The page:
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What is Samsung's SSD Rapid Mode and how do you use it?

SSD's are pretty fast, and Samsung has some of the very fastest consumer drives out there. While the company's fancy new 970 Evo and Pro drives boast insanely fast read and write speeds, for the older, SATA spec drives there's still hope.

Samsung has a thing called Rapid Mode that can add a little extra oomph to some of its SSDs. Here's a quick look at what it is, how you use it and whether you should.

What is Rapid Mode?

From Samsung's official description:

Achieve over 2X faster performance through intelligent DRAM caching of data, for read acceleration and write optimization.

You can't physically make the drive faster, as the read/write speeds are bound by the limitations of the hardware. Rapid Mode instead uses intelligence and other resources in your PC, namely the RAM, to cache files for quicker access and a more streamlined write process.

As Rapid Mode engages the RAM on your PC, the minimum system requirement is 2GB so you have enough to go around.

Which drives can use Rapid Mode

The newest, and fastest NVMe drives from Samsung cannot use Rapid Mode. They also don't need to. So if you're using a 960 or 970 series SSD, you can end right here.

Samsung's official listings show the wide variety of SSDs supporting Rapid Mode, but they don't seem to be all encompassing. My 750 Evo isn't listed, but has full support for Rapid Mode.

For this you're limited to SATA drives, which includes the 2.5-inch size and some of the non-NVMe m.2 drives like the 860 Evo. As well as this and 2GB of RAM, your PC must also be running Windows 7 or later.

How to enable and disable Rapid Mode

Turning on Rapid Mode is extremely simple. The first thing you have to do is download the free (and quite useful) Samsung Magician application. It's worth having this if you're using any Samsung SSD, as it's an easy way to keep firmware up to date, keep tabs on drive health and performance and even securely erase it if you're going to be replacing it.

Once you've downloaded and installed Samsung Magician follow these steps:

  1. Open Samsung Magician.
  2. Ensure the supported drive is selected from the drop-down box.

  1. Change the Rapid Mode toggle to on.
  2. Click yes when the description message pops up.

  1. Once you're happy to restart the PC and apply Rapid Mode, click yes at the next dialog box.

Magician will now force your PC to restart and when it comes back up Rapid Mode will be enabled. You can verify this by opening the application up and you'll see the button under Rapid Mode now says on.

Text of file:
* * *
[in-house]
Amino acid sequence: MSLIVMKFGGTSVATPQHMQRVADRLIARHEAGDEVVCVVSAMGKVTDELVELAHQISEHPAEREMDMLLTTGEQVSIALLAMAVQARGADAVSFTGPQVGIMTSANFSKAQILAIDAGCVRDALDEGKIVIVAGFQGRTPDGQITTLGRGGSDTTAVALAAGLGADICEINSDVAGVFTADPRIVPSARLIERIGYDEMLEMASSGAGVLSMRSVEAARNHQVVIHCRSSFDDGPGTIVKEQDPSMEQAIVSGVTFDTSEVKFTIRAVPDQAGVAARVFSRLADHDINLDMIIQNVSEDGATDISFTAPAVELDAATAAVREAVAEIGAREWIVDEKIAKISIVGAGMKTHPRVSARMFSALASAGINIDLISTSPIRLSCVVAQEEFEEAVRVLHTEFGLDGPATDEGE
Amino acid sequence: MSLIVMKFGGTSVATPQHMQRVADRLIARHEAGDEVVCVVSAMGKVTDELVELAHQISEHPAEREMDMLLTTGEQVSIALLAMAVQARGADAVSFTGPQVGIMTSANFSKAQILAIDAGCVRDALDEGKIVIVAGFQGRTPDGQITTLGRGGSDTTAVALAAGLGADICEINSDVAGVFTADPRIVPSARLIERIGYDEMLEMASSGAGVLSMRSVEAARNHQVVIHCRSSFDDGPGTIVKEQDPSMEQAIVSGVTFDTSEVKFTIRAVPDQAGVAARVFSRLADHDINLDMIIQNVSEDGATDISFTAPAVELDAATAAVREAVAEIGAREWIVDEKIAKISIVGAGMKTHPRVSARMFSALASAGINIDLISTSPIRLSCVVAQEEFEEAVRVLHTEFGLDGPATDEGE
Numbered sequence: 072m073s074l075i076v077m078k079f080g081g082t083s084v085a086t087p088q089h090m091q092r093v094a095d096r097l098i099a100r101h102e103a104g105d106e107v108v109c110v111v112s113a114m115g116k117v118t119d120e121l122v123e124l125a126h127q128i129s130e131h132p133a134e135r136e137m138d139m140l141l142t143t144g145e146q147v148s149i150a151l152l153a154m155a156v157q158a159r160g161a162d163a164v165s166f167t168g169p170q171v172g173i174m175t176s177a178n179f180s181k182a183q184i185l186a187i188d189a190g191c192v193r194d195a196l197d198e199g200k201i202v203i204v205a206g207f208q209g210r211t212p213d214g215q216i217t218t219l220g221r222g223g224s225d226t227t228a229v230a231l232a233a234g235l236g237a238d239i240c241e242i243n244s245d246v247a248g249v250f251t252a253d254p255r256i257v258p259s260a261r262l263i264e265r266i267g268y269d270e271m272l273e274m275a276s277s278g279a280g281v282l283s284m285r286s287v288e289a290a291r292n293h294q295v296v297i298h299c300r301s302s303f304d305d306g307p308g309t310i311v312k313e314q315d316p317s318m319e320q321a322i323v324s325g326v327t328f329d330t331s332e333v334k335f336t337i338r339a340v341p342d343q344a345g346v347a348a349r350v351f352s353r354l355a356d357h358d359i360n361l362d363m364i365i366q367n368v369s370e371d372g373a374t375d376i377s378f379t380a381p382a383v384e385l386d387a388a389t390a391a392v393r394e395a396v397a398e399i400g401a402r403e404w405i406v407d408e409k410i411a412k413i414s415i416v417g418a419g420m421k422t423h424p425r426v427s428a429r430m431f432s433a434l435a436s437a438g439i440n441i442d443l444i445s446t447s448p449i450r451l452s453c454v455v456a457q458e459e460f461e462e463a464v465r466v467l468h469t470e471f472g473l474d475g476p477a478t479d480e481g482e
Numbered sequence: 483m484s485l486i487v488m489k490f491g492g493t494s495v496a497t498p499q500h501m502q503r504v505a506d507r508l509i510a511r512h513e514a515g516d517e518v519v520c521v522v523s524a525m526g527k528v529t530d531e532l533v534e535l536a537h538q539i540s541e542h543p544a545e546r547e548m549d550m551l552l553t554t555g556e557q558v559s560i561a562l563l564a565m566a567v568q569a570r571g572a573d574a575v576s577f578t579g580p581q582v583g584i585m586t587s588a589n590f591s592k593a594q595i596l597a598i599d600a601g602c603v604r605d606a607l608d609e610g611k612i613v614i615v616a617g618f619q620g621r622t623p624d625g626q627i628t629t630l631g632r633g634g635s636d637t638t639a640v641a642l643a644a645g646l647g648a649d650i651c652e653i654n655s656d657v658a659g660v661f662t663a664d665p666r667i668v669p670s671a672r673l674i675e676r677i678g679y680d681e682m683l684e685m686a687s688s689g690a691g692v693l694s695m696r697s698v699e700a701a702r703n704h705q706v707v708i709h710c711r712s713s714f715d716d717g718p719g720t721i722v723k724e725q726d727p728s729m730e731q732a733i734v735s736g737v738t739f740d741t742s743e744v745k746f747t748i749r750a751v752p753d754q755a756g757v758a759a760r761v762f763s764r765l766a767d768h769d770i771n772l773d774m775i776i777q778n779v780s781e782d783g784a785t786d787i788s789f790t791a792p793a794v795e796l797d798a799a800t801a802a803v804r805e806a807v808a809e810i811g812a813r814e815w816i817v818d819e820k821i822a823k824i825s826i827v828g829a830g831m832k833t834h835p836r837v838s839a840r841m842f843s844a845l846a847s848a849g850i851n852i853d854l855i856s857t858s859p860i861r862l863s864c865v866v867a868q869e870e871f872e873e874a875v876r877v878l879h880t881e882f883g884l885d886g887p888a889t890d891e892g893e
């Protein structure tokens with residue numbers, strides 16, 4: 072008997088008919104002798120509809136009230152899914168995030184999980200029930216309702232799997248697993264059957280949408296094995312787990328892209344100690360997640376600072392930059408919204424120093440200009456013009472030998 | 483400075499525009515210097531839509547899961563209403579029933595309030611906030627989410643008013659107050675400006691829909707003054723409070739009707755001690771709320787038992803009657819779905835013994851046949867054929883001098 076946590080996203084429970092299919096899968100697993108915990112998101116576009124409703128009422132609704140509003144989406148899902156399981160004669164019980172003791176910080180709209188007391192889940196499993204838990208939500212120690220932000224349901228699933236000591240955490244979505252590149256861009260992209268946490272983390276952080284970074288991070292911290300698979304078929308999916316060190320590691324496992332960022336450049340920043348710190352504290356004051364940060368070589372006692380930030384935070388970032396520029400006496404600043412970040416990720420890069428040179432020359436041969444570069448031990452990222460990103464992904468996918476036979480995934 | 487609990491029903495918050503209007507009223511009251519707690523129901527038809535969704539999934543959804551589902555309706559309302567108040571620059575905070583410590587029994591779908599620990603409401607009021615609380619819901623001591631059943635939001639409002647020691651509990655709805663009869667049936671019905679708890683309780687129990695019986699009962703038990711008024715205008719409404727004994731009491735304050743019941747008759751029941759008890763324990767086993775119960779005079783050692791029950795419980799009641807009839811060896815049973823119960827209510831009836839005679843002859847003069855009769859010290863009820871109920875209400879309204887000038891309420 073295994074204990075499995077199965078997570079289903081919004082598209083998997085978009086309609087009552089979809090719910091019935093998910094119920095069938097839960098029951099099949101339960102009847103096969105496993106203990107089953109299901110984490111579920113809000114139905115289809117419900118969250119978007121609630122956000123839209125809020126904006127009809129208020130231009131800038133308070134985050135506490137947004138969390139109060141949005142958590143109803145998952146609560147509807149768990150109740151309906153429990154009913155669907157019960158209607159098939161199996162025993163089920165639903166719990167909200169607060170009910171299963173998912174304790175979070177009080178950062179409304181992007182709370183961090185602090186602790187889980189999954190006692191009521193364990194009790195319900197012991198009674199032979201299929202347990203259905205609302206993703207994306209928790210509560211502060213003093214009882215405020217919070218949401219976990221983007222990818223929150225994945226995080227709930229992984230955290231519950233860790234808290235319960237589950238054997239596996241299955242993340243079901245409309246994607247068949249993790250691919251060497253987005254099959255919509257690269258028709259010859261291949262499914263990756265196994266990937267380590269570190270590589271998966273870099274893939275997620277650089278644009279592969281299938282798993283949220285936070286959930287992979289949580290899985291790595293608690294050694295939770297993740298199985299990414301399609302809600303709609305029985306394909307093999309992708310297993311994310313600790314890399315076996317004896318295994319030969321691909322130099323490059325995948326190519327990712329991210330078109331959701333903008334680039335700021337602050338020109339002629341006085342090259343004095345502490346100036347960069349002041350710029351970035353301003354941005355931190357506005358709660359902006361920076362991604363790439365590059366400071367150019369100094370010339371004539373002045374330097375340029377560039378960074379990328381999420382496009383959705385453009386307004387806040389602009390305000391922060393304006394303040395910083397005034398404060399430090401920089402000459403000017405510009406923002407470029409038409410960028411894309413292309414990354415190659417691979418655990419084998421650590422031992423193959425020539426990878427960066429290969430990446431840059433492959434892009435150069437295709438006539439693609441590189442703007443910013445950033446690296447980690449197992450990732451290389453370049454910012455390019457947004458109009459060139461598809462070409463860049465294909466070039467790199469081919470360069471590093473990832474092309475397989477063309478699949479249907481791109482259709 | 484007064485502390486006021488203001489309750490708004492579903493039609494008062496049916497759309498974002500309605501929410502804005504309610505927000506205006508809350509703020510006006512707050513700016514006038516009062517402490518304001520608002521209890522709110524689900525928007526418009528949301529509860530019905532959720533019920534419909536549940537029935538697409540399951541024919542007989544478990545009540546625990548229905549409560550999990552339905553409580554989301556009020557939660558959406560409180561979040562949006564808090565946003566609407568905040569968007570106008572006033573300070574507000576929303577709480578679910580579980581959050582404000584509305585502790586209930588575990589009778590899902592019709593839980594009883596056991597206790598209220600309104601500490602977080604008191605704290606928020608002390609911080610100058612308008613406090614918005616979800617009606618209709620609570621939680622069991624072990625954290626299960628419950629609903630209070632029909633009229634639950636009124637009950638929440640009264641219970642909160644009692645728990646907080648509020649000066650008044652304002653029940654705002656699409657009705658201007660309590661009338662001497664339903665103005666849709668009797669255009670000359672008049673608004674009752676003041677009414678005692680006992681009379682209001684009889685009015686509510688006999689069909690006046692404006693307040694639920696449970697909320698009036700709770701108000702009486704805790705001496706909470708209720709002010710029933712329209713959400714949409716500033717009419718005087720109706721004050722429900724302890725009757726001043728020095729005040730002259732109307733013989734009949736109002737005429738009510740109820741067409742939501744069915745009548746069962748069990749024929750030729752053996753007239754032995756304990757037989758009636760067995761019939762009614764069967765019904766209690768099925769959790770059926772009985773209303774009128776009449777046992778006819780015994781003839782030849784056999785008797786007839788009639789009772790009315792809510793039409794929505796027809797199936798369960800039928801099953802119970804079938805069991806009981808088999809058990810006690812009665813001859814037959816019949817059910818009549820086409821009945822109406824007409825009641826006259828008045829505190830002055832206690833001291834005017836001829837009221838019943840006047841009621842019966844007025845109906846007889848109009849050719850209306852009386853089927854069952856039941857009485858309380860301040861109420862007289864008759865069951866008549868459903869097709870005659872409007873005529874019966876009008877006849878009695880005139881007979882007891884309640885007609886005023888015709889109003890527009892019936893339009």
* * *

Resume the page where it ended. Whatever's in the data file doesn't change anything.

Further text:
If you need to run any performance tests on your drive you'll need to disable Rapid Mode first, restart your PC, then run the tests. Because it interferes with the direct read/write feature, you won't ever get an accurate result and the benchmark is essentially running against your RAM, not your SSD.

Is Rapid Mode worth it?

Why you don't run performance checks with Rapid Mode on!

The $64,000 question. In my experience, I can't say I've noticed much of a difference either way, but I also don't use my 750 Evo as a boot drive (I have a 960 Evo for that which is amazing.) The theory behind it is sound, but since mine is used primarily for storing games and other large, non-essential programs, I'm not really the right use case.

Looking around the web there are various resources discussing Rapid Mode, including "it certainly doesn't hurt having it enabled."

This comment on a thread from way back in 2016 on the Overclockers UK forum seems to sum it up quite well:

"The Samsung Rapid Mode benchmarks are a bit deceiving. Technical reviews revealed the actual real world increase in performance is anywhere between 0% and 25% depending on what was loaded into the Ramdisk. The 0% represents brand new data of some type that has never been loaded into the Ramdisk while the 25% represents some type of data that is routinely loaded into the Ramdisk."

Which makes perfect sense. The software is intelligently caching data, so if you're loading the same thing over and over again, it stands to reason that this is where you'll see the most benefit.

Some users claim that it's a definite improvement, some are on the fence and some will just leave it off altogether. In my use case, I won't gain anything really from having it on, but your mileage may vary. There's plenty of discussion out there on the topic, so there's plenty of reading if you're unsure.

Best SSDs for Windows PCs

Richard Devine is an Editor at Windows Central. A former Project Manager and long-term tech addict, he joined Mobile Nations in 2011 and has been found on Android Central and iMore as well as Windows Central. Currently you'll find him covering all manner of PC hardware and gaming, and you can follow him on Twitter and Instagram.